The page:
Since moving to Alaska, I am determined to produce food year-round. It sounds like a crazy concept, but I come from the south where there were probably two months, max, that I shouldn’t garden outdoors.
Of course, Alaska is a whole different beast.
If you live somewhere that gets and stay cold the majority of the year, there are ways to extend the season or even continue to grow year-round.
Living in a cold climate doesn’t mean you have to give up on gardening or wait for the warm months to enjoy fresh produce. With some planning and creative techniques, it’s possible to grow a variety of plants and enjoy gardening year-round, even in the chilliest of climates.
Let’s explore four effective ways to grow in cold climates throughout the year:
Build a Greenhouse: One of the most effective ways to extend the growing season and create a suitable environment for plants in cold climates is by constructing a greenhouse. Greenhouses provide a controlled microclimate that shields your plants from harsh weather conditions and allows for year-round cultivation. With the ability to regulate temperature, humidity, and light, you can grow a wide range of plants that wouldn’t typically thrive in colder conditions.
A greenhouse is also used in cold climates to grow heat-loving plants as it sometimes won’t even get warm enough outside during the summer for those heat-loving plants.
Keep in mind that if you choose to grow in a greenhouse year-round you will have to heat it. The most cost-effective way of heating a greenhouse would be with either wood or propane. There are solar heating options as well that you could explore, but it’s best to always have additional, backup heating sources for winter.
You can get creative and attach the greenhouse to your home so the greenhouse can also suck some of the heat from your home. However, this may also be drastic to heating your home, depending on how it’s setup. In most, you’ll want to simply want to make sure the greenhouse is above freezing temps.
Embrace Cold Frames: Cold frames are another valuable asset for cold-climate gardeners. These simple structures consist of transparent lids or covers that capture and retain sunlight, creating a warmer microclimate for your plants. Cold frames are typically low to the ground and can be made from materials such as wood, PVC, or glass. They act as mini-greenhouses, protecting delicate plants from frost and offering a cozy environment for growth. By placing cold frames strategically, you can take advantage of solar heat and extend the growing season for cold-hardy vegetables like kale, spinach, and lettuce. Many people use cold frames in the spring and fall to make sure their veggies make it in the ever-changing and unpredictable seasons of spring and fall in the far north.
Utilize Indoor Gardening: When the temperatures plummet outside, you can still nurture your green thumb indoors. Indoor gardening enables you to grow a variety of plants right in the comfort of your home. Utilize windowsills, tabletops, or invest in indoor grow lights to create a suitable environment for your plants. Choose cold-tolerant herbs like thyme, rosemary, or mint, or explore the world of container gardening with leafy greens, dwarf varieties of vegetables, or even dwarf fruit trees.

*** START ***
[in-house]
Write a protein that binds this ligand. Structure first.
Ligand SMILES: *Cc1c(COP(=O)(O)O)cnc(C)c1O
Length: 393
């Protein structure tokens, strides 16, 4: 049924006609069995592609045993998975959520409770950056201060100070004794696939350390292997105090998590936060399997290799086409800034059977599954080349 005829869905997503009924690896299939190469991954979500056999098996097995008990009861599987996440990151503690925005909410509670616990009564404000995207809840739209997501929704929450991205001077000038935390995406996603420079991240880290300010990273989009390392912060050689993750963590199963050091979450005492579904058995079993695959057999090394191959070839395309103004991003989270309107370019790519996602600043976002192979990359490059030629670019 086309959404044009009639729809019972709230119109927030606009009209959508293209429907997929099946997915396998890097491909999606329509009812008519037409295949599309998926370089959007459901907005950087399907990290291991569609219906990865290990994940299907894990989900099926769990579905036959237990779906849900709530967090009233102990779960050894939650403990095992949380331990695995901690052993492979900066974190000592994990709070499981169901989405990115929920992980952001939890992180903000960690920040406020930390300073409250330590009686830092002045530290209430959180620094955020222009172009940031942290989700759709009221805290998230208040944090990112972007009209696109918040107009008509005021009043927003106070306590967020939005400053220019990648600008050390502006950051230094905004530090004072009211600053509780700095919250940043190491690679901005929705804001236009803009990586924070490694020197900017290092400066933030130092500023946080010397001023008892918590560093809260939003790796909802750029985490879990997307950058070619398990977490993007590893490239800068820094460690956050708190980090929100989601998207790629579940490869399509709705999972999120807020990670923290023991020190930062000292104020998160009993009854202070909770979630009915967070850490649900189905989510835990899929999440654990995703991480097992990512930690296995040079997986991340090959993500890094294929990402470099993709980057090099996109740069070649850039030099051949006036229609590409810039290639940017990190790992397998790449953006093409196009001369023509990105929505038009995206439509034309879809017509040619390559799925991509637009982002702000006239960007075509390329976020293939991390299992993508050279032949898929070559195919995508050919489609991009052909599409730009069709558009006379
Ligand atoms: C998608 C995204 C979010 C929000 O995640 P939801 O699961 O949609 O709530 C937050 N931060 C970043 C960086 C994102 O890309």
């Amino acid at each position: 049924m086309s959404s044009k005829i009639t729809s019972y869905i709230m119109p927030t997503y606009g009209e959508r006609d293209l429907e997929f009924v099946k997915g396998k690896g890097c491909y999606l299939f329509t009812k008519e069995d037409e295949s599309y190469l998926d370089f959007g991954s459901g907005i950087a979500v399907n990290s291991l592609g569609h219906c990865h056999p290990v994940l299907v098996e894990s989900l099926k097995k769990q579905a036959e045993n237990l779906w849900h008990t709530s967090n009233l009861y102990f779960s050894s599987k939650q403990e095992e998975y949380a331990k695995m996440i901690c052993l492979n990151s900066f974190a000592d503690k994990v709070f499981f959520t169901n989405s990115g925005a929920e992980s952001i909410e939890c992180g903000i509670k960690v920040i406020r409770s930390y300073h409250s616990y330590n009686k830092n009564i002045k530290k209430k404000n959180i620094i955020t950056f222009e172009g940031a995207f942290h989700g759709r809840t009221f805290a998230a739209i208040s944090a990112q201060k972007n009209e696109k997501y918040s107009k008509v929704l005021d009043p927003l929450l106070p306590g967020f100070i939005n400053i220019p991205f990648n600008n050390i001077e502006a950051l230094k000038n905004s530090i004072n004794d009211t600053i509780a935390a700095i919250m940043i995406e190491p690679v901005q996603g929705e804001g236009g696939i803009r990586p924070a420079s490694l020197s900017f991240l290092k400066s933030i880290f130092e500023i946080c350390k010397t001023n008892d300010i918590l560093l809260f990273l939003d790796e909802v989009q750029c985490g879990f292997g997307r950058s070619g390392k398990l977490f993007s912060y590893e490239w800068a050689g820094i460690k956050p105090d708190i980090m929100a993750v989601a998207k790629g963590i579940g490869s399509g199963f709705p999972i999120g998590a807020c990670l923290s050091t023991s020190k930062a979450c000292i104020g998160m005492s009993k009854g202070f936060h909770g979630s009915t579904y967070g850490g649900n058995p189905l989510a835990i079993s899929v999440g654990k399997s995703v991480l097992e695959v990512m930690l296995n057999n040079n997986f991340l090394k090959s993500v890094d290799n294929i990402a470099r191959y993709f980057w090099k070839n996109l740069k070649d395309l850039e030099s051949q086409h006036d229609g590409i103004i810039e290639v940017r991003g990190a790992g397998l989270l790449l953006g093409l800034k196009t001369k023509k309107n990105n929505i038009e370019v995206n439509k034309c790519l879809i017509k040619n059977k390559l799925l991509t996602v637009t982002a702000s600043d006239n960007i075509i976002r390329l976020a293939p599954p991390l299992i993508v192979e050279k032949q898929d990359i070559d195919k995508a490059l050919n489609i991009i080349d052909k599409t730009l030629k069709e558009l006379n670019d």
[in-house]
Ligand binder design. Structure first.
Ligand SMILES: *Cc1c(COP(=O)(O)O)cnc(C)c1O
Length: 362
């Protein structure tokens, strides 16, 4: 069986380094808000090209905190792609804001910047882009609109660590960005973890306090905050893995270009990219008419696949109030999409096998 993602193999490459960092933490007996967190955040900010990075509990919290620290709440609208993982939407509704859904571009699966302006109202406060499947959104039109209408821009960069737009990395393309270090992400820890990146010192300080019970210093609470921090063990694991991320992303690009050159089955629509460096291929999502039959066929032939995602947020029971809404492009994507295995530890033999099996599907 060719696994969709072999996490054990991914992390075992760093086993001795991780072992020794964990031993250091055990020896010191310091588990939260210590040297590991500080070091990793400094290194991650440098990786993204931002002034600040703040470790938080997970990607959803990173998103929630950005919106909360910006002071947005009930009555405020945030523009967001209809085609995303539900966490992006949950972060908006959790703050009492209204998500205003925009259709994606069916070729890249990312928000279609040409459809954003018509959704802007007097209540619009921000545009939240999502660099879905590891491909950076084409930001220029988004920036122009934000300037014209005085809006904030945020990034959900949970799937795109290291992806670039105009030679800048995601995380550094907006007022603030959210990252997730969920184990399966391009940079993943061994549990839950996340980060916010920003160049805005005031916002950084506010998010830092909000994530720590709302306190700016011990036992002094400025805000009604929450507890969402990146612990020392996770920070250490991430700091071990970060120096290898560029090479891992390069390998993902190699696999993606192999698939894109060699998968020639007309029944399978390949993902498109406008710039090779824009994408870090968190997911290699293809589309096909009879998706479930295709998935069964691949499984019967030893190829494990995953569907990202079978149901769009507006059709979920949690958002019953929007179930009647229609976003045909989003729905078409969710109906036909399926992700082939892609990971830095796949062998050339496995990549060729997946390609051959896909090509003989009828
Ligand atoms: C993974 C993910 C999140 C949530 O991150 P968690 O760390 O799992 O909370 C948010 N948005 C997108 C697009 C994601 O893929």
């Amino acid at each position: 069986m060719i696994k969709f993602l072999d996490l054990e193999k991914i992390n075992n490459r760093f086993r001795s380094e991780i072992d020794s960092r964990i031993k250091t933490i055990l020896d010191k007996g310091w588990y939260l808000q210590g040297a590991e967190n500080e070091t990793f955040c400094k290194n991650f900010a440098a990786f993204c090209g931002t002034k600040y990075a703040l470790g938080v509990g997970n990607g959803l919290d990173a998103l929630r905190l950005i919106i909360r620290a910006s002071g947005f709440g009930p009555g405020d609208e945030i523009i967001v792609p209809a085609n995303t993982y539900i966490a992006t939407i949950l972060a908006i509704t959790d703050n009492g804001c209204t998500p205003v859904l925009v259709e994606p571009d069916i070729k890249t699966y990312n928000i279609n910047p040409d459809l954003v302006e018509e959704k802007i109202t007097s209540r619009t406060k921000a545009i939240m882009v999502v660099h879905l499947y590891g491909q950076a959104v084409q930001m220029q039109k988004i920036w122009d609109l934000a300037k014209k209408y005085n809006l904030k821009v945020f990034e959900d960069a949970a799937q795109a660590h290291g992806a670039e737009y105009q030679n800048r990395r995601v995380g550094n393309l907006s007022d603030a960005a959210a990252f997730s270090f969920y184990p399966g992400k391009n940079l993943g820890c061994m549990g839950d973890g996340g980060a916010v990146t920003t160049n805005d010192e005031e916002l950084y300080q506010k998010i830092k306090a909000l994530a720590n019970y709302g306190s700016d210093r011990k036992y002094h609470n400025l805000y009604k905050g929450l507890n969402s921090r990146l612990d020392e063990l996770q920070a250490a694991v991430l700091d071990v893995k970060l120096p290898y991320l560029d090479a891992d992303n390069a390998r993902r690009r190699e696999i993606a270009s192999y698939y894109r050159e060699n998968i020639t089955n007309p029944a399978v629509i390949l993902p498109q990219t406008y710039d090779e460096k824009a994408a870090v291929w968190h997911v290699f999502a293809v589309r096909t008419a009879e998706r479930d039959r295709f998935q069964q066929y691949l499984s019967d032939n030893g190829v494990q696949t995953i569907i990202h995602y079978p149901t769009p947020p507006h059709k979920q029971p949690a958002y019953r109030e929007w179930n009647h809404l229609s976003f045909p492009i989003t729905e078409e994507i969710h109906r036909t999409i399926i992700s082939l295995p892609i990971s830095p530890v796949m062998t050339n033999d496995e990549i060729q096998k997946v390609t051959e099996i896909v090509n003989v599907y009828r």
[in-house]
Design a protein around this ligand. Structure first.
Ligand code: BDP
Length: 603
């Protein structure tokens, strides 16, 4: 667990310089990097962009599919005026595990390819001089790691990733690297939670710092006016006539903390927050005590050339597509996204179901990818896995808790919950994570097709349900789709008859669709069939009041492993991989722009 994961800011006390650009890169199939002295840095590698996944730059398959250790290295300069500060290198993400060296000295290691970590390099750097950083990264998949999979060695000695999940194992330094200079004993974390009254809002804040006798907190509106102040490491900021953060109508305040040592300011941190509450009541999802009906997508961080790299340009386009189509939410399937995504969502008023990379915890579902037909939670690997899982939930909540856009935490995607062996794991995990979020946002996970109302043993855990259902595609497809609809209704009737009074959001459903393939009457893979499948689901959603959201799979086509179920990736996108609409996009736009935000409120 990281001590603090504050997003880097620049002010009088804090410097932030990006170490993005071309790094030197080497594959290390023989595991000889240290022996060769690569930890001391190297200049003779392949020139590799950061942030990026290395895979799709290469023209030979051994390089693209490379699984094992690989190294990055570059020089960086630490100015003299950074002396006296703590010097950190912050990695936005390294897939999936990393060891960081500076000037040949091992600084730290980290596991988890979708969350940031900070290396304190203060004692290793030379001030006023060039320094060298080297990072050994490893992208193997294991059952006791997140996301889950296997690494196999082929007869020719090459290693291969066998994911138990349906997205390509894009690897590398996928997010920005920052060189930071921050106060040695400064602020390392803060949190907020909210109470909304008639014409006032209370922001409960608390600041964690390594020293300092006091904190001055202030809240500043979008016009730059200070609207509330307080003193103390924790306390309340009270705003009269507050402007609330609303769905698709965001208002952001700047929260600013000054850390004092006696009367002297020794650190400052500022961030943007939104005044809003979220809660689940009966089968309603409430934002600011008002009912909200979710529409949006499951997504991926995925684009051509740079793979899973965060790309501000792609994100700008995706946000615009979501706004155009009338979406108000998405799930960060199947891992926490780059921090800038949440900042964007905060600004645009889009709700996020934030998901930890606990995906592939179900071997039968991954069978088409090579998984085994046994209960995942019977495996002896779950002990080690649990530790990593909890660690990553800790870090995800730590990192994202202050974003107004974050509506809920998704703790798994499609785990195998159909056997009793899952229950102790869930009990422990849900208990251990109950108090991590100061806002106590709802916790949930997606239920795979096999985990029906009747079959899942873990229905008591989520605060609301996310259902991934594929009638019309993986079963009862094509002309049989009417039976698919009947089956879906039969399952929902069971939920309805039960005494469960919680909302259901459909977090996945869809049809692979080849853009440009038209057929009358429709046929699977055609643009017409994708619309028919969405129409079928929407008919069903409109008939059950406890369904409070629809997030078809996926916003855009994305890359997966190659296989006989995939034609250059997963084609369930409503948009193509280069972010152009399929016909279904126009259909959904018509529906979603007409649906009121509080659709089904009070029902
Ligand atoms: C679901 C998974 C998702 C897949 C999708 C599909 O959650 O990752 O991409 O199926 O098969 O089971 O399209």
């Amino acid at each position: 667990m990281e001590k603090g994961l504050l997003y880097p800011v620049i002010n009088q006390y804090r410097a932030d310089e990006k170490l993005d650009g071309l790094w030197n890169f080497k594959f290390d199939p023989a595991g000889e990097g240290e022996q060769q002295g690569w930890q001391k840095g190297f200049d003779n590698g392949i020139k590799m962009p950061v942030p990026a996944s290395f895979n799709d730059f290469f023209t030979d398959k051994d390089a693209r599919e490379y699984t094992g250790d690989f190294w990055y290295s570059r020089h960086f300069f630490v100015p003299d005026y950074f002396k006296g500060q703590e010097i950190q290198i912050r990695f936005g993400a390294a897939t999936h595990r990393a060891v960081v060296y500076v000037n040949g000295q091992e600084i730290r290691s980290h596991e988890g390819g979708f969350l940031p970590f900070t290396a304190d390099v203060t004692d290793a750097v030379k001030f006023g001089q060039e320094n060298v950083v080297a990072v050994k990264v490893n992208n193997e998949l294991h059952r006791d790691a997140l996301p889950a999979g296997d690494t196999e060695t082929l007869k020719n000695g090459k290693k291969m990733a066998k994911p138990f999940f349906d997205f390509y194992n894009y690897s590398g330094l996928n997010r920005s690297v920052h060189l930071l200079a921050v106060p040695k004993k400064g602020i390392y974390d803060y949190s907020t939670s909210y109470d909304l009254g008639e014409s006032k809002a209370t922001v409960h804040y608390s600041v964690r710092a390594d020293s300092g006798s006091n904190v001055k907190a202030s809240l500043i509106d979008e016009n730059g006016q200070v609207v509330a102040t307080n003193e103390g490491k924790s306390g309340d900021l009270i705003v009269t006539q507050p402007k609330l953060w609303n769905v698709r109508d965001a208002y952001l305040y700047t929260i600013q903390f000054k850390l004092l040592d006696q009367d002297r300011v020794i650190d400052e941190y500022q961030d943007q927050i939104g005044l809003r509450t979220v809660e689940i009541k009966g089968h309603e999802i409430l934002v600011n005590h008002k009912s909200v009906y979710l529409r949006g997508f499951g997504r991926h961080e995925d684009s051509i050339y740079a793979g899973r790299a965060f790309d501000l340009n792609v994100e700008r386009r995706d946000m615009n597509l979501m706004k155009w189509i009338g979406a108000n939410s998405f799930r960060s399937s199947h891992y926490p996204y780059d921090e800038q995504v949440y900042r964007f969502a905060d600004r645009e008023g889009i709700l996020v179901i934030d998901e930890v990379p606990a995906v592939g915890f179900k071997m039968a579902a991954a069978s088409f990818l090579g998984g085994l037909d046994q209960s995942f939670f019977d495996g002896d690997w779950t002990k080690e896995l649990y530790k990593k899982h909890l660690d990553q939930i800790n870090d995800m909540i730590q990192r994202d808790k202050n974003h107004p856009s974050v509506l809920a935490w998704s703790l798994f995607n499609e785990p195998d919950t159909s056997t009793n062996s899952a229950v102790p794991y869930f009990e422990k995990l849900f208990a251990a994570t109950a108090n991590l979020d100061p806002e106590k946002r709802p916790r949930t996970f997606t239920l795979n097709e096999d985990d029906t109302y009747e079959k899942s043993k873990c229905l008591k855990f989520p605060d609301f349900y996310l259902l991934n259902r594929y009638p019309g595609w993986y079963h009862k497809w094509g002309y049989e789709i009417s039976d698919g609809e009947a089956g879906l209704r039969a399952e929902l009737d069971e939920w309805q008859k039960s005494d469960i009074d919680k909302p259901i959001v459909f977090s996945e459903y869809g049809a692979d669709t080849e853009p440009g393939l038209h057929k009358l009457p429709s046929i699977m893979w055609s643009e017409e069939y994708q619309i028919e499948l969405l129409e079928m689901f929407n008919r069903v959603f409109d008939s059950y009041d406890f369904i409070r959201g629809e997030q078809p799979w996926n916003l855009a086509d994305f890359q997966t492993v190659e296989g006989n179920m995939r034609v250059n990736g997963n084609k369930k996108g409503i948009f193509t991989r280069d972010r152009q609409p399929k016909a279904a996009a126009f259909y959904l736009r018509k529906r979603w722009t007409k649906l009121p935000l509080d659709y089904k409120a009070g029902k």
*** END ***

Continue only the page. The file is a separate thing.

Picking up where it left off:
For indoor gardening in soil, I do recommend getting a little mini greenhouse so you can make it a little warmer and create more humidity inside the greenhouse inside of your home. This way you’re ensuring success, even if it gets colder inside of your home during winter.
Hydroponics is a fantastic indoor growing option as well because it’s low maintenance and can provide food all year. We have a countertop hydroponic system and we also 3-D printed a tower garden. Honestly, if all I got was lettuce from my indoor garden, I would be happy, because store-bought lettuce just isn’t appealing and goes bad so fast.
I grow many tropical plants like banana, lemon, orange and coffee indoors year-round and they thrive!
Microgreens and sprouts are also a great way to grow indoors as you can do this consistently all year long on a constant rotation to have fresh greens.
Experiment with Season Extension Techniques: To truly maximize your gardening potential in cold climates, consider experimenting with season extension techniques. Techniques like row covers, mulching, and cold-hardy crop selection can help you push the boundaries of traditional growing seasons. Row covers act as protective blankets, shielding plants from frost and freezing temperatures. Mulching helps retain soil warmth and moisture while insulating plant roots during colder months. Additionally, selecting cold-tolerant crop varieties specifically bred for cold climates can ensure successful yields without doing anything fancy like a cold frame or greenhouse.
I recommend this book about Indoor Gardening, as it covers a lot of basics and has a lot of ideas about how to grow many different types of fruits and vegetables indoors.
Living in a cold climate should never hinder your gardening aspirations. Start small with a countertop hydropinics system and a few pots of herbs.
With a little creativity, careful planning, and a dose of patience, you can cultivate a thriving garden, no matter how frosty the winters may be.
Let your green thumb flourish even in the coldest of climates!